Jorge Palacio (Faruk)

e was born in La Plata, capital of the province of Buenos Aires. It was in the neighborhood of Los Hornos of that city where his parents owned a general store. He was the third of three siblings.

His earliest occupations were attending grade school and later helping his old folks in their daily work. Music came to him though his uncle Roberto, a virtuoso accordion player, who persuaded his parents to buy him a bandoneon, a rare instrument at that time.

His first efforts with the fueye (bellows) were by studying with two teachers of that city. One of them, Ponciano García, was enthusiastic about the kid’s capabilities and included him in his aggregation. It was back in 1929 and he performed at the matinees of the América cinema theater and at the cinema-bar Colón. Thereafter he joined a group to back the appearances of the female singer Mercedes Carné on Radio Belgrano.

But his dream, logically, was to lead his own orchestra and for that purpose he furthered his studies to improve as instrumentalist. He attended the Pedro Maffia’s conservatory. By that time he also met Anselmo Aieta. In his frequent travels to the Capital he came to know Humberto Canaro who persuaded him to join his orchestra. With him he debuted accompanying the singer Roberto Arrieta at a night venue located at the Pasaje Barolo (a thoroughfare across Avenida de Mayo),.

Later he had a tenure with the outfit led by José Dames. Immediately after that he was bandoneon player in the all-girl orchestra which time before had included Aníbal Troilo because it was not easy to find a woman devoted to so difficult and fundamental tango instrument.

At last, in 1935, his dream came true, he had his own orchestra and with it he debuted at the Confitería París of La Plata. Since then he never was jobless. On the contrary, his aggregation was the most sought-after tango orchestra in town. This happened between 1935 and 1940.

He appeared in the opening of Radio Provincia —originally Radio Telégrafo—; he was the member Nº 704 of SADAIC and, Pablo Osvaldo Valle, by that time director of Radio El Mundo hired him as exclusive artist. This was his best period: the most important clubs, locals, cafes and cabarets requested him and he had to cross the river to go to Montevideo for the same reason.

He appeared at the Jockey Club of La Plata and on Radio El Mundo. On the latter radio station he continued until 1946 when Radio Splendid made him an offer he accepted. Furthermore El Chantecler summoned him and he appeared there with his vocalist Roberto Flores (El Chato). After a three-year tenure there Radio El Mundo called him again. His vocalist at that time was Alberto Serna.

He succeeded in recording for the Pathé label and his recording debut was on June 19, 1951 with “Griseta”, with Alberto Santillán on vocals, and “Jueves”, an instrumental. He continued, among other gigs, at the night club Embassy, and tours of Peru, Chile and Colombia.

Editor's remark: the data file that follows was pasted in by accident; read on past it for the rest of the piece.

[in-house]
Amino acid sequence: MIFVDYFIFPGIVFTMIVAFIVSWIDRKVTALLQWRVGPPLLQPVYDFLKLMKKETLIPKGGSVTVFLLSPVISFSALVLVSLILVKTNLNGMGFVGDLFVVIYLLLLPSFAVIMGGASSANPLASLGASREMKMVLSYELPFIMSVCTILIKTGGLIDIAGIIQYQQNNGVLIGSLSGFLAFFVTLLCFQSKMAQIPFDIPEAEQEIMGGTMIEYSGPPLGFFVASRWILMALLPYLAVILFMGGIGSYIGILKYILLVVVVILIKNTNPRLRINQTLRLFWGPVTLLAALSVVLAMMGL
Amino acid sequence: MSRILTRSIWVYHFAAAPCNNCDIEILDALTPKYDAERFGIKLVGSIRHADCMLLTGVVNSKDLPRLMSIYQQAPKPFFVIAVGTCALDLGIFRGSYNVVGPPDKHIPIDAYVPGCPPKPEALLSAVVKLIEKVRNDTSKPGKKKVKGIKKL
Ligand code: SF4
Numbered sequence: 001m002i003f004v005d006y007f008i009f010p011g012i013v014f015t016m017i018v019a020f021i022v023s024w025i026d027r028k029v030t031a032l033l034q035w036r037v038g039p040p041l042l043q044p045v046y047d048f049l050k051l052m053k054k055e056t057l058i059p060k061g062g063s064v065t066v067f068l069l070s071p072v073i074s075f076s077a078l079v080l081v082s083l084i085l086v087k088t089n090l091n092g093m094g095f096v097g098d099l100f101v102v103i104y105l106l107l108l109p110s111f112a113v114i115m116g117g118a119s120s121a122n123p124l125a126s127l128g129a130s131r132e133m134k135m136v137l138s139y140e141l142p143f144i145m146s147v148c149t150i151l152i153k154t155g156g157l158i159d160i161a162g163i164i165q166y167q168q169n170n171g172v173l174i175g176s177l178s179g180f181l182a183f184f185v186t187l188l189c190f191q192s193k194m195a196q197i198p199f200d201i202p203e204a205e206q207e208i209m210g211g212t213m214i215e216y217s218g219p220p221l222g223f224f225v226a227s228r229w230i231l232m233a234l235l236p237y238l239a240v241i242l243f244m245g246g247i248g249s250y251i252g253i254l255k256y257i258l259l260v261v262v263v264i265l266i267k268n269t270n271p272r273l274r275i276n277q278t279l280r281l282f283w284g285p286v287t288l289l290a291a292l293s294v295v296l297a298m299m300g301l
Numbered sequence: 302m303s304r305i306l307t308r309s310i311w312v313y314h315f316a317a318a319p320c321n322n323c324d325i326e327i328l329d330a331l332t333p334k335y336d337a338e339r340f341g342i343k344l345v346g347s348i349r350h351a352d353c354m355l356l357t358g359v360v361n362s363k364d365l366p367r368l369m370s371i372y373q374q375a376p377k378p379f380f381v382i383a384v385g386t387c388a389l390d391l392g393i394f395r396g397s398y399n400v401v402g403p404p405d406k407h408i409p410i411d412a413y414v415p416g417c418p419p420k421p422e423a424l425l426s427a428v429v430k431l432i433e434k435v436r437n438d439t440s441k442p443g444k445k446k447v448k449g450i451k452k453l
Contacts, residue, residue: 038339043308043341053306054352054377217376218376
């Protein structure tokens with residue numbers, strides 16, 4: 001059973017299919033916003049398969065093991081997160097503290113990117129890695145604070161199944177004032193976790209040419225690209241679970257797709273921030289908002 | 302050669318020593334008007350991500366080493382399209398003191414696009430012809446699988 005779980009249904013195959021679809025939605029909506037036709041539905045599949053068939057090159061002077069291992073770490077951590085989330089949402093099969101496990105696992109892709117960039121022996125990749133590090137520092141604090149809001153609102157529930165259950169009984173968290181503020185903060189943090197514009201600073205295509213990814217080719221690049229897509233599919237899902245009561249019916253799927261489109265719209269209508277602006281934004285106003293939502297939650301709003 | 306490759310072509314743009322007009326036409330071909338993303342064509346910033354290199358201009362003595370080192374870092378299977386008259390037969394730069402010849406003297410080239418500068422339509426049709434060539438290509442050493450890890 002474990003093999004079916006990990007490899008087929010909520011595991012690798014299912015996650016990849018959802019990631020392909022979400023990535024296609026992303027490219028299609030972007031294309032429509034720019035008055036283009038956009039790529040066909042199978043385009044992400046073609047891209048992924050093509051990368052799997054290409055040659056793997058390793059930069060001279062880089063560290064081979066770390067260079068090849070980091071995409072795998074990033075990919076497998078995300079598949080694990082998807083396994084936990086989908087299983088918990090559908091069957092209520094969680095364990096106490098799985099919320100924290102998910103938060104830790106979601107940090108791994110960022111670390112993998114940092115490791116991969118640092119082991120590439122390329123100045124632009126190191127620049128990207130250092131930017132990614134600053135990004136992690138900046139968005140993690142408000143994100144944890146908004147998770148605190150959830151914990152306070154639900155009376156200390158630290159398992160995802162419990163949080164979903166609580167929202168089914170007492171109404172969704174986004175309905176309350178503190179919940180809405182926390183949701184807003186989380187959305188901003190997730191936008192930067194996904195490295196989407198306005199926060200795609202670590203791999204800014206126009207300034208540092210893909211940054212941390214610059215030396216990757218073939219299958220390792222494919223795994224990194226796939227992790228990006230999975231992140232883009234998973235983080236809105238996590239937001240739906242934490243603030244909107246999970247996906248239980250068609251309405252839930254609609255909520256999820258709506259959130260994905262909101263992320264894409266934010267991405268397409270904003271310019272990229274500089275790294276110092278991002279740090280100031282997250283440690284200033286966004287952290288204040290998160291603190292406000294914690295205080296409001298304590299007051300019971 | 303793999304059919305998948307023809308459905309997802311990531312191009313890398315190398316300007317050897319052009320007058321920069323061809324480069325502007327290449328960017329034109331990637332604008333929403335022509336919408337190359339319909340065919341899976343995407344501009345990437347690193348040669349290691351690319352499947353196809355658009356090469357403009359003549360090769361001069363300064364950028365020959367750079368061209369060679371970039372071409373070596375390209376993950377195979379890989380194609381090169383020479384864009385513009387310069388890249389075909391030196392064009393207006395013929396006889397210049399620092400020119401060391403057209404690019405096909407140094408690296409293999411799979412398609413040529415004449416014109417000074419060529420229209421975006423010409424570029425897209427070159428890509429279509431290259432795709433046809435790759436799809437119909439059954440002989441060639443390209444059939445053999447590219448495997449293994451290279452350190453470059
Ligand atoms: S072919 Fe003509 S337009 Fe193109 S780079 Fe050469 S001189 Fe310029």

This busy schedule caused his absence in the recording studios for twenty years but on his comeback he recovered the time wasted. His recording activity was permanent but then it was a time when tango was declining and he had to afford the recording expenses but it was his way of expression, to stay in his beloved show business career, in music, in tango.

As a composer his oeuvre did not reach the acclaim that it would had surely achieved had it been recorded in the forties. It is worthwhile to highlight the musical contribution that Roberto Pansera and Ubaldo De Lío made to him.

As for lyricists, the ones that wrote for him were Julián Centeya, Enrique Dizeo, Leopoldo Díaz Vélez, Abel Aznar, Oscar Del Priore (“Como si fuera un cristal”) and also Homero Expósito with his last poem, “Las cosas son así”. The singers that recorded with him were: Alberto Santillán, Ricardo Blanco, Alberto Morel, Osvaldo Arana, Darío Bonel, Luis Correa, Elsa Rivas, Diego Solís, Carlos Almagro, Norma Ferrer, Alfredo Dalton, Gabriel Reynal, Rodolfo Benítez, Ángel Varela, Héctor Rubén, Carlos Cristal, Reynaldo Martín, Horacio Casares, Jorge Rigal, Fernando Derago, Omar Darien, Raúl Deval, Tito Damián, Eduardo Randal and others.

He accompanied Chola Luna (daughter of the singer and guitarist Goyo Luna) at a stage prior to her recordings. He also backed up Chola Bosch (Irene Beretta) whom he later married. She was a girl from Pompeya that began singing in the Cuarteto Ferri to later switch to the José Tinelli Orchestra, and later married the leader.

He cut over a hundred recordings. His was a second level orchestra and this means no offense to anyone. It was one more in that category not due to a difference in quality but sometimes only due to nuances. There are different circumstances which because of a number of reasons place, most times, people above or below other people although the latter are more or less suitable than the former. His name, like his brother Edelmiro D'Amario’s (Toto), has booked its place in the history of tango.